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Identification of hub genes and outcome in colon cancer based on bioinformatics analysis

Authors Yang W, Ma J, Zhou W, Li Z, Zhou X, Cao B, Zhang Y, Liu J, Yang Z, Zhang H, Zhao Q, Hong L, Fan D

Received 6 May 2018

Accepted for publication 29 October 2018

Published 27 December 2018 Volume 2019:11 Pages 323—338

DOI https://doi.org/10.2147/CMAR.S173240

Checked for plagiarism Yes

Review by Single-blind

Peer reviewers approved by Dr Colin Mak

Peer reviewer comments 4

Editor who approved publication: Dr Beicheng Sun


Wanli Yang,1,* Jiaojiao Ma,1,* Wei Zhou,1,* Zichao Li,2 Xin Zhou,2 Bo Cao,2 Yujie Zhang,1 Jinqiang Liu,1 Zhiping Yang,1 Hongwei Zhang,3 Qingchuan Zhao,3 Liu Hong,1 Daiming Fan1

1State Key Laboratory of Cancer Biology, National Clinical Research Center for Digestive Diseases, Xijing Hospital of Digestive Diseases, Air Force Military Medical University, Xi’an, China; 2The First Brigade of Student, Air Force Military Medical University, Xi’an, China; 3Department of Digestive Surgery, Xijing Hospital, Air Force Military Medical University, Xi’an, China

*These authors contributed equally to this work

Background: Colon cancer is one of the leading malignant neoplasms worldwide. Until now, the concrete mechanisms of colonic cancerogenesis are largely unknown; identification of driven genes and pathways is, therefore, of great importance for monitoring and conquering this disease. This study aims to explore the potential biomarkers and therapeutic targets for colon cancer treatment.
Methods: The gene expression profile of GSE44076 from Gene Expression Omnibus database, including 98 primary colon cancers and 98 normal distant colon mucosa, was deeply analyzed. GEO2R tool was used to screen the differentially expressed genes (DEGs) between colon cancer tissues and normal samples. Gene Ontology analysis and Kyoto Encyclopedia of Genes and Genomes pathway analysis were performed for screening DEGs using Database for Annotation, Visualization and Integrated Discovery database and Panther database. Moreover, Search Tool for the Retrieval of Interacting Genes, Cytoscape software, and Molecular Complex Detection plug-in were used to visualize the protein–protein interaction of these DEGs.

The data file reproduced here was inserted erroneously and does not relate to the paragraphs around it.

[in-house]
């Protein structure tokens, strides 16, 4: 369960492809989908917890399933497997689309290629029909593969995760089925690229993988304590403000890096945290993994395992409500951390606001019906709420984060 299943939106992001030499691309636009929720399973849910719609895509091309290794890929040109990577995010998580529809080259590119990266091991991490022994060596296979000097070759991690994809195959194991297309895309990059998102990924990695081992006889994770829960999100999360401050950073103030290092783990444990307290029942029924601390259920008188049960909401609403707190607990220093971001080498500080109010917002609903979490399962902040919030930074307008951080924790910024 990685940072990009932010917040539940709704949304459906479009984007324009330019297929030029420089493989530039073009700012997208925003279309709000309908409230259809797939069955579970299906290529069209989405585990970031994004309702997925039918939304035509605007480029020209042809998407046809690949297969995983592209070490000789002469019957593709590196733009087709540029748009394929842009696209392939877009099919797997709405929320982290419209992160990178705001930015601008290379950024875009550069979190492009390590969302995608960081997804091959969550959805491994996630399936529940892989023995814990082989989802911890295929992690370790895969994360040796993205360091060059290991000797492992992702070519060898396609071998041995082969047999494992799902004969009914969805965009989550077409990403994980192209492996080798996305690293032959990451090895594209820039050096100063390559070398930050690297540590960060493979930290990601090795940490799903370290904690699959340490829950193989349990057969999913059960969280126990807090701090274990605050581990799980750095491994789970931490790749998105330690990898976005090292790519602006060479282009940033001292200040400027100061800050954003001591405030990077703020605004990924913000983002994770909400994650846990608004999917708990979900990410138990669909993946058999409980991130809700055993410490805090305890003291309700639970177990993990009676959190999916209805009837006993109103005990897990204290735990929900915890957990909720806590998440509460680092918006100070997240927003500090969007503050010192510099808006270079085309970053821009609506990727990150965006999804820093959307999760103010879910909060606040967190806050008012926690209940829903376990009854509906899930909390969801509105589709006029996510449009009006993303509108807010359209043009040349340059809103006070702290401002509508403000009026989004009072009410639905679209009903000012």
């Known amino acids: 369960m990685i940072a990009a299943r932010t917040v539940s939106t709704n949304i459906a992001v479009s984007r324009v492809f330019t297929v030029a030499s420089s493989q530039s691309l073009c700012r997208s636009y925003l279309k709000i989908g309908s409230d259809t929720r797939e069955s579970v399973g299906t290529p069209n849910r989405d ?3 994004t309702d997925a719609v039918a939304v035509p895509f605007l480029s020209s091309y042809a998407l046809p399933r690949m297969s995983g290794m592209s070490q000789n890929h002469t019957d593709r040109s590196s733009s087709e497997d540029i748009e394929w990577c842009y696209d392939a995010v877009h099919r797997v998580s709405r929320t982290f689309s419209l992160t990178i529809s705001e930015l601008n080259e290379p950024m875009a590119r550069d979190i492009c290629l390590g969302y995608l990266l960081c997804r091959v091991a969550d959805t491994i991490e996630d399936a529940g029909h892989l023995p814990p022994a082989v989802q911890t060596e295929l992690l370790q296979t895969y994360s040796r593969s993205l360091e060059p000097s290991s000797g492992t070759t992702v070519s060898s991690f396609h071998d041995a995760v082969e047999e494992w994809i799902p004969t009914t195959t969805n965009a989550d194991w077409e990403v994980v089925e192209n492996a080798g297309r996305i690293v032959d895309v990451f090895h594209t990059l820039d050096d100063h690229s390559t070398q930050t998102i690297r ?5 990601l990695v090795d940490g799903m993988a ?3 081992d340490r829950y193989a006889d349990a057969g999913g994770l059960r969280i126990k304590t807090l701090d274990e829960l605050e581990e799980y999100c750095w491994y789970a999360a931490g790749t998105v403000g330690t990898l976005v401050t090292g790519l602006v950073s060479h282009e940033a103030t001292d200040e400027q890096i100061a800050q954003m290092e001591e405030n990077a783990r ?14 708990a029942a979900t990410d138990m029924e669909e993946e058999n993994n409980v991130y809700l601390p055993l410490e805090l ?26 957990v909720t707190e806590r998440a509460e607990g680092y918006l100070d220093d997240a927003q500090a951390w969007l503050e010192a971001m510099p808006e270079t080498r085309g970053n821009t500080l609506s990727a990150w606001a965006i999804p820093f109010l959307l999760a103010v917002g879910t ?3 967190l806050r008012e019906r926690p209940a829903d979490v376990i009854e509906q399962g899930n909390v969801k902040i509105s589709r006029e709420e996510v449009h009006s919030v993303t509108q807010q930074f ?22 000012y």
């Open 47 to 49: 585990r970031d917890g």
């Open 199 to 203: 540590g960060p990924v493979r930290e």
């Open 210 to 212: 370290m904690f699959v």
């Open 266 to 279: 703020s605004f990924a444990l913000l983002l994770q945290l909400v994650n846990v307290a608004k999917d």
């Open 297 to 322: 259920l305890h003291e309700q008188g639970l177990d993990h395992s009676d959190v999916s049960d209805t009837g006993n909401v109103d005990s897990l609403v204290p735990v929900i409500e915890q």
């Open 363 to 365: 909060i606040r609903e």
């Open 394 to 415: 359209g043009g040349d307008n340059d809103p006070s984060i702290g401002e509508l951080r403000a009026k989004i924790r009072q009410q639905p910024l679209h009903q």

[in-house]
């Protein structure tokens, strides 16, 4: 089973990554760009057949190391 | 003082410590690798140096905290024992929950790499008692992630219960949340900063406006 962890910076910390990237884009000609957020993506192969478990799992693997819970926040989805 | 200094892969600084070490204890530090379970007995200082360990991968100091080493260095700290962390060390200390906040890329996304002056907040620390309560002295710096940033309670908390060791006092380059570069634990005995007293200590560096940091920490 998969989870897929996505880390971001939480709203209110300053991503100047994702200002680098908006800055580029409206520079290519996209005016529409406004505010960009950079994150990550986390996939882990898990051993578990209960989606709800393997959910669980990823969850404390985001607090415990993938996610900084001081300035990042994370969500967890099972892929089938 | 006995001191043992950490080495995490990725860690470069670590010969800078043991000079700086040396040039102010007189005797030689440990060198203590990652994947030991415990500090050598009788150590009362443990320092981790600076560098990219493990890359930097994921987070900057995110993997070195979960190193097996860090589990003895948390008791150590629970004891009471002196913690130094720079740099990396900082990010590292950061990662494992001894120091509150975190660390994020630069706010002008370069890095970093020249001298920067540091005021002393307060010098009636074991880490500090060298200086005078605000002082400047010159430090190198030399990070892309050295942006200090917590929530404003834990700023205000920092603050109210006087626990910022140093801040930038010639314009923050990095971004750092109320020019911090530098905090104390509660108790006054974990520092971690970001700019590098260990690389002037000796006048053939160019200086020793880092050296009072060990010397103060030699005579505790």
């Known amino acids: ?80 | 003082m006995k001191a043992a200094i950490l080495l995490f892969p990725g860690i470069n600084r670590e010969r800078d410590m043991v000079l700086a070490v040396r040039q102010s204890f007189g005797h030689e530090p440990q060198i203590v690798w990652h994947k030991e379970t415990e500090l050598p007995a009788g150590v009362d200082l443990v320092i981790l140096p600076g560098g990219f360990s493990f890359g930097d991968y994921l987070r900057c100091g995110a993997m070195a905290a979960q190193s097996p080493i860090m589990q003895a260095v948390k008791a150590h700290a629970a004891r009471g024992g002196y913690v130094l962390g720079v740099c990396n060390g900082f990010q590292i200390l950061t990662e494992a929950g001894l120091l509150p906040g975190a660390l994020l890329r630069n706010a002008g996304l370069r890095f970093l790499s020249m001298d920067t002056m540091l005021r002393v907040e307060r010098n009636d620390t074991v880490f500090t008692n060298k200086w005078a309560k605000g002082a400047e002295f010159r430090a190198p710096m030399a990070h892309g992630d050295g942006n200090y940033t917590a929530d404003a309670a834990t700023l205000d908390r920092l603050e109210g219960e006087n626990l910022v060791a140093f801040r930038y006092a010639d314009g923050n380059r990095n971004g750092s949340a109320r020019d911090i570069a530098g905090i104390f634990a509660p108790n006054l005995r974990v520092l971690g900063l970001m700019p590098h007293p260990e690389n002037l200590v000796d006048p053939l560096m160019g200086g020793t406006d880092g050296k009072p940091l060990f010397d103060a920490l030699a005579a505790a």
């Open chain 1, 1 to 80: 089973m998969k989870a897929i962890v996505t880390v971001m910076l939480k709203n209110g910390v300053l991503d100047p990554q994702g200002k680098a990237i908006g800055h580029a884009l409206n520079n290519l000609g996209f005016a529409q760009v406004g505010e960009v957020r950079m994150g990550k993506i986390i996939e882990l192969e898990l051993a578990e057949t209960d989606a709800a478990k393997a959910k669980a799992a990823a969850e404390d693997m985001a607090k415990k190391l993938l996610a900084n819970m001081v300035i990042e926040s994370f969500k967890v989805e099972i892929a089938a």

Results: A total of 497 DEGs were obtained, including 129 upregulated genes mainly enriched in Hippo signaling pathway, Wnt signaling pathway, and cytokine–cytokine receptor interaction and 368 downregulated genes enriched in retinol metabolism, steroid hormone biosynthesis, drug metabolism, and chemical carcinogenesis. Using Molecular Complex Detection software, three important modules were selected from the protein–protein interaction network. Moreover, 20 hub genes with high degree of connectivity were selected, including COL1A1, CXCL5, GNG4, TIMP1, and so on. The Kaplan–Meier analysis for overall survival and correlation analysis were applied among the hub genes.
Conclusion: Taken together, DEGs, especially the hub genes such as COL1A1, might be the driven genes in colon cancer progression. More importantly, they might be the novel biomarkers for diagnosis and guiding therapeutic strategies of colon cancer.

Keywords:
colon cancer, protein–protein interaction, bioinformatics analysis, diagnosis, prognosis

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